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TSA Notice to Travelers Regarding Paintball Equipment

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TSA Guidelines for Air Travel With Paintball Gear
By Bill Mills - Nov 2004

Traveling by air with paintball gear has been a sometimes dicey proposition.  With each airline setting their own standards of what is accepted and prohibited on their aircraft, and baggage inspectors and counter personnel not always knowing their own company’s policies, the last several years have seen numerous cases of tournament teams having equipment confiscated, or refused for travel.  In worst case situations, teams would fly to a tournament only to be told on the flight home that their air systems could not go with them.

In the wake of the September 11th, 2001 terrorist attacks on the United States, airport and aircraft security has become significantly more organized.  In November 2001  Transportation Safety Administration (TSA) was formed.  Amongst its duties is the operation of airport security and baggage inspection.  As the TSA has grown and evolved, it has defined more detailed and specific guidelines for this task.  The TSA has now recognized that thousands of people travel by air to paintball tournaments in the US.  In October of 2004, the agency published an official statement regarding how paintball equipment is to be carried. 

In a nutshell, TSA’s new guidelines state that goggles may be carried in checked luggage or as carry-on, paintguns may only be transported in checked luggage, and compressed gas (CO2 or HPA) tanks may only be carried in checked luggage if the valve or regulator assembly is completely removed from the tank allowing the inspectors to see inside the open tank neck.

The trouble with this new guideline is that with very few exceptions, the valves on paintball tanks are not designed to be removed or reinstalled by untrained personnel. 

US based compressed air system manufacturers including Crossfire, Smart Parts, Airgun Designs, Centerflag Products, and NitroDuck say that their regulators are not  to be removed by the end user.  While Air America has not yet formed an official policy, the company still secures regulators to bottles with thread locking compound, making safe removal and reinstallation a job for an airsmith, not a player.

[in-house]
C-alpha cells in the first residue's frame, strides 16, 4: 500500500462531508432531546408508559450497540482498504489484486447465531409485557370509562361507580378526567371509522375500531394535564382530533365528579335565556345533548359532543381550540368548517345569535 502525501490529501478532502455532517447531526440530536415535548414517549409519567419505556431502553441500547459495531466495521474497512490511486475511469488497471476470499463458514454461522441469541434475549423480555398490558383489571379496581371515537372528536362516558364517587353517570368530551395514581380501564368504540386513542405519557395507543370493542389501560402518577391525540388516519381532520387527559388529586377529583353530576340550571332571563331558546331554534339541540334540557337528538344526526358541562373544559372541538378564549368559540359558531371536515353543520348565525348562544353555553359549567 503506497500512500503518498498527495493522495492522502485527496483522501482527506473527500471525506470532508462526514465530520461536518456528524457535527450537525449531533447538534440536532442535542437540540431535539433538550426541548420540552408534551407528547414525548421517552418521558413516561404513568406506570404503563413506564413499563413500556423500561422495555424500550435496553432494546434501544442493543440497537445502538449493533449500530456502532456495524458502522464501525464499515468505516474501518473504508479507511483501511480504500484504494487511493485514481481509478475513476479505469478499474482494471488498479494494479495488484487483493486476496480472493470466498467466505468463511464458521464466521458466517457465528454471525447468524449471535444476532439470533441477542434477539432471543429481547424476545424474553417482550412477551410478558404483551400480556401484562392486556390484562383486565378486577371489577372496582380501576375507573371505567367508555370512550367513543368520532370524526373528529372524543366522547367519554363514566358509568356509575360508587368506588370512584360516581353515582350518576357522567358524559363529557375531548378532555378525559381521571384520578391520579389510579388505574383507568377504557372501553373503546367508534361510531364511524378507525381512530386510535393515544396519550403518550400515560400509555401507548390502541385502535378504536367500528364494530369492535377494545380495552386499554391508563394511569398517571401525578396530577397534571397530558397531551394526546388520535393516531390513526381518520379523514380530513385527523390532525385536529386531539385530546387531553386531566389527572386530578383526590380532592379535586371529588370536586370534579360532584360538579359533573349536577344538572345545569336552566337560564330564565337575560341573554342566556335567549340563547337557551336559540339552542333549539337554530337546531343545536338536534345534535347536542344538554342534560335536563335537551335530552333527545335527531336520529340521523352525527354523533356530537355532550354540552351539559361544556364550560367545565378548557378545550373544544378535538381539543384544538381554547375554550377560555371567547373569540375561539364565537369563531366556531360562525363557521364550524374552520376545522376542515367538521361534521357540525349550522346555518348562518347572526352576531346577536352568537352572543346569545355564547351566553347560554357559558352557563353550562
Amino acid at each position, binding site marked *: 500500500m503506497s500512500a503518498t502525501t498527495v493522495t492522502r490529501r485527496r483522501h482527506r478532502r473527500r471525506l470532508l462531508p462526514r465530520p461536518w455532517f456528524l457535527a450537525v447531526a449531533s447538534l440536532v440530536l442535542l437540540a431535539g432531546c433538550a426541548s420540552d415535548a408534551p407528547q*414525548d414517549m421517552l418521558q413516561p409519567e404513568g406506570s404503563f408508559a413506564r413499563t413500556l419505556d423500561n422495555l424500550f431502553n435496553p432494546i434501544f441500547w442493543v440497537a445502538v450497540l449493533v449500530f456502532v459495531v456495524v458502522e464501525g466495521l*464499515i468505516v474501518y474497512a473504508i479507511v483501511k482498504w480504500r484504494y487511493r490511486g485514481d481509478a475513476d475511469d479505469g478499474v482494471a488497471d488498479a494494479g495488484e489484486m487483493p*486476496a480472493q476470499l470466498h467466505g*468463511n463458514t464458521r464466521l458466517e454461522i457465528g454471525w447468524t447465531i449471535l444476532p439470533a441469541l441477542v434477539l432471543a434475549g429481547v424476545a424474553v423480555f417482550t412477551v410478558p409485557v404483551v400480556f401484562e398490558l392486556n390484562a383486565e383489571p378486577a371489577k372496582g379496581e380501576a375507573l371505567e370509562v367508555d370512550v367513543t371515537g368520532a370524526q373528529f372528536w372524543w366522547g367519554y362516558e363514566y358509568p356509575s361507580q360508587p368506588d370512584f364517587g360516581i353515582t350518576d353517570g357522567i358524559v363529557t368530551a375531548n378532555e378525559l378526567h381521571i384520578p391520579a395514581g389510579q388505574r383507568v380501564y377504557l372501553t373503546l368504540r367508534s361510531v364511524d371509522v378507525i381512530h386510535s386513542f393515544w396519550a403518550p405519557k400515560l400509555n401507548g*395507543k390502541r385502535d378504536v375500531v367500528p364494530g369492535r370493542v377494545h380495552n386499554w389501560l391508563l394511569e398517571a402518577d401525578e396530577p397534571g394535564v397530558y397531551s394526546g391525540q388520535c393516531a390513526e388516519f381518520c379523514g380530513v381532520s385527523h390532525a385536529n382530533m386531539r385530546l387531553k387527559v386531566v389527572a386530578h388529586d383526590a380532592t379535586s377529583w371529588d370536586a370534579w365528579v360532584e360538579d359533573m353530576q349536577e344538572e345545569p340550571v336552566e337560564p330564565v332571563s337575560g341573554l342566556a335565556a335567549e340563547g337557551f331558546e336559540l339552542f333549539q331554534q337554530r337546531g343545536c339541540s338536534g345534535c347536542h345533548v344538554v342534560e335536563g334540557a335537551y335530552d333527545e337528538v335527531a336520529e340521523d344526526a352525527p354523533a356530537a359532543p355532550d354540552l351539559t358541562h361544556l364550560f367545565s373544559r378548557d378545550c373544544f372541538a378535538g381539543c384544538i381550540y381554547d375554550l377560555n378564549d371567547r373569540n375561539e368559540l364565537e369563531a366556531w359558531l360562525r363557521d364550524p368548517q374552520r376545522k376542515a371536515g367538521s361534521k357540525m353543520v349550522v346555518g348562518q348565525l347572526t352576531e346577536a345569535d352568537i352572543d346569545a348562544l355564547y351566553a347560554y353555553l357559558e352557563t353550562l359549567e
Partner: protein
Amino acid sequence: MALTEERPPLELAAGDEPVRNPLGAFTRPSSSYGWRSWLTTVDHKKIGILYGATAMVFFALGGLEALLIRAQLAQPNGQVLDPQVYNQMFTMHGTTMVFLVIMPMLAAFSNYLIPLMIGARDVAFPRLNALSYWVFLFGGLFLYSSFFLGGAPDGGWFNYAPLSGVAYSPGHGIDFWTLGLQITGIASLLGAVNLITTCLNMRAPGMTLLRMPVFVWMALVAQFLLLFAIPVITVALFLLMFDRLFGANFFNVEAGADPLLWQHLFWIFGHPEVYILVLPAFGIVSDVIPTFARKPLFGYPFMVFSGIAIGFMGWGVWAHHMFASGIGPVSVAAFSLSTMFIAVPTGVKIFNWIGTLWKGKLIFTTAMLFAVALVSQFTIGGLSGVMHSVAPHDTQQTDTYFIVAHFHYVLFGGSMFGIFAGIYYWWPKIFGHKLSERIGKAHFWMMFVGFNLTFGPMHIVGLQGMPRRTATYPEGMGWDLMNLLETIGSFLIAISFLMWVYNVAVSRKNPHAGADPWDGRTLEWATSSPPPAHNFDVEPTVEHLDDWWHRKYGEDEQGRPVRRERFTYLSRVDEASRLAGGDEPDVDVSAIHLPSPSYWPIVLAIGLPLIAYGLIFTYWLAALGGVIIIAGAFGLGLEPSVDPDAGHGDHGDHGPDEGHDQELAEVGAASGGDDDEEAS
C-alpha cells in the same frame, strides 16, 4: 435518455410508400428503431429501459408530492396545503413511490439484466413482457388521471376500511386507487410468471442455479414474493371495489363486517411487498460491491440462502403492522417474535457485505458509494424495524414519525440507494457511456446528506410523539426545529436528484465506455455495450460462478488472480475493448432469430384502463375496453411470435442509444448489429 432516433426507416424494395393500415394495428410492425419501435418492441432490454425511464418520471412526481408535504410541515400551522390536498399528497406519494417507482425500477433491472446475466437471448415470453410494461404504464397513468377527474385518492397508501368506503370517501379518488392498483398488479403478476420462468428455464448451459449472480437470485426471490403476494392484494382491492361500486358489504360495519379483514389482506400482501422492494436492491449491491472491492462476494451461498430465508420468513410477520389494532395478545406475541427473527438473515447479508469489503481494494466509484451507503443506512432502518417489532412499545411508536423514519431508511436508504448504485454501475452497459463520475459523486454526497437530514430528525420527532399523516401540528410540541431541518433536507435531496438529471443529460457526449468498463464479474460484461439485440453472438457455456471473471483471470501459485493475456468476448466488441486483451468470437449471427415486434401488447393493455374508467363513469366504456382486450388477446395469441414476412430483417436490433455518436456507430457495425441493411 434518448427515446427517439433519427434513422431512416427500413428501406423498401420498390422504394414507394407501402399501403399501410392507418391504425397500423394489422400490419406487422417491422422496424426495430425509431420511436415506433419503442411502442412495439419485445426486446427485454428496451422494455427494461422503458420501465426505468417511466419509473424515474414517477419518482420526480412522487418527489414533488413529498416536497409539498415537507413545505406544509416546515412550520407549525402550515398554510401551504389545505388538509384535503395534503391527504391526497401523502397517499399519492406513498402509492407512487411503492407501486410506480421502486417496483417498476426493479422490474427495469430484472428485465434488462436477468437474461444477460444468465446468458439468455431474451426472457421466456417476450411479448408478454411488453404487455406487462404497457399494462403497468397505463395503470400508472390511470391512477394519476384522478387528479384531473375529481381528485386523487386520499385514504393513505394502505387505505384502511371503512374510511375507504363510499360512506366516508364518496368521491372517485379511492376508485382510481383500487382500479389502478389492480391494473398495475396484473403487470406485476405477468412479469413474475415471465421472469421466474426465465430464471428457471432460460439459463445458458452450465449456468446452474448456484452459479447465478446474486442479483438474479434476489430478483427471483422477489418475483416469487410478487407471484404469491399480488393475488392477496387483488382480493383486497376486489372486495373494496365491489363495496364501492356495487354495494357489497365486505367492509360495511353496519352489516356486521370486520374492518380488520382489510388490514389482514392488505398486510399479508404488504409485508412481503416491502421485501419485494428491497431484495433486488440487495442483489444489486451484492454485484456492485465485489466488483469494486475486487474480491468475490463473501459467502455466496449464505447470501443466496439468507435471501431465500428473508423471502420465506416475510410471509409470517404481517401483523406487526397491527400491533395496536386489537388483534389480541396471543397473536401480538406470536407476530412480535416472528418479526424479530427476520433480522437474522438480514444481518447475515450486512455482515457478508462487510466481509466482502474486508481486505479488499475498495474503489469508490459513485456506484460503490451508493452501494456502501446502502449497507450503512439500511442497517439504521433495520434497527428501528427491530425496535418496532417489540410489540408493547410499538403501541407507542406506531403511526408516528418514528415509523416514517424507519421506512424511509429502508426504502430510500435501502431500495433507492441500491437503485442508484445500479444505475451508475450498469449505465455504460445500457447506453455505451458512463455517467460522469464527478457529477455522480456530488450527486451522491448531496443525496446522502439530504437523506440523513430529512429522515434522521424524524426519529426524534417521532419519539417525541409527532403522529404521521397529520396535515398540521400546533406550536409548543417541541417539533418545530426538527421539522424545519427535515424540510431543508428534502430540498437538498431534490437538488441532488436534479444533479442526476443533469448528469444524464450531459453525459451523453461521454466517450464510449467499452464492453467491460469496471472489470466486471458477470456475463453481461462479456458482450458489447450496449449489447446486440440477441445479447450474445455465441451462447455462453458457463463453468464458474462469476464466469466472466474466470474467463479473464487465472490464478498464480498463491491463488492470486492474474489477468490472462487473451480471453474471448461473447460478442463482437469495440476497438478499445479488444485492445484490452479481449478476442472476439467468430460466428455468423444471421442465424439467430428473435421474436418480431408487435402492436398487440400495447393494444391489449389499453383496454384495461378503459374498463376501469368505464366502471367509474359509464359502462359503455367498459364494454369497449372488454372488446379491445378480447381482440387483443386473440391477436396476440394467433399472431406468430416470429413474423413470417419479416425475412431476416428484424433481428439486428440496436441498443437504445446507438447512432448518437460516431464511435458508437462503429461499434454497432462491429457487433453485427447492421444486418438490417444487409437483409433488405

Some companies, like Crossfire go so far as to say they do not even want certified airsmiths or hydrotestors other then themselves to remove and reinstall their regulators.  PMI voids the warranty on Pure Energy air systems that have been removed from the bottle by anyone but their own service techs.

At the time of this writing, the only compressed air or CO2 tank product known to the author to be considered removable from the tank by its user is the Angel AIR from UK based WDP, as its design requires removal for rebuilding. 

The reason manufacturers have these policies is that improper re-installation of a valve or regulator on a gas cylinder can lead to serious injury or even death, as in the case of two recent well known deadly accidents involving partially filled CO2 tanks being unscrewed from their valves. 

Unfortunately the Transportation Safety Administration has failed to share this valuable bit of safety information with the general public when announcing its new policy, and as a result may be encouraging unsafe practices for compressed gas handling in the sport of paintball.

[Author's Note - Added Dec 2004 - Following the original publication of this article, I had further discussions on the issue with a representative of National Paintball Supply who had reviewed the regulation with TSA while it was being developed, and discussions with TSA's public information staff.  TSA has since updated their web site describing the policy to feature the following text which I submitted as a possible addition:

 Please note: Many of the seals/regulators used in paintball are not designed to be removed from their cylinder by the end user.  The seal/regulator should only be removed and reinstalled by a factory trained technician.

Passengers considering air travel with a compressed air or CO2 system would be advised to contact its manufacturer for guidance in locating   a qualified technician, or to consider shipping the system to their destination via a parcel service.]

Complying with both the TSA’s policy, and the safety policies of equipment manufacturers is going to require a change in the way things are done for tournament paintball teams. 

Tournament and event promoters who are looking out for their customers are likely to set up methods for shipping and receiving compressed air systems to and from the tournament site.  Crossfire is already in the planning stages to provide an HPA tank rental system at select tournaments, and they may not be alone in this endeavor.  Competitors wishing to avoid shipping issues will likely be able to reserve and then rent an air systems at larger tournaments.  Other manufacturers may offer similar programs, or offer the service of on-site technicians to do certified re-installs on their customer’s air systems.

Those players who travel with disassembled compressed gas bottles will still need to check with their airline’s policies for prohibited items.  TSA’s guidelines do not override a carrier’s right to refuse service.  Some airlines, such as Chicago based ATA do not accept compressed air and CO2 tanks for transport under any conditions.

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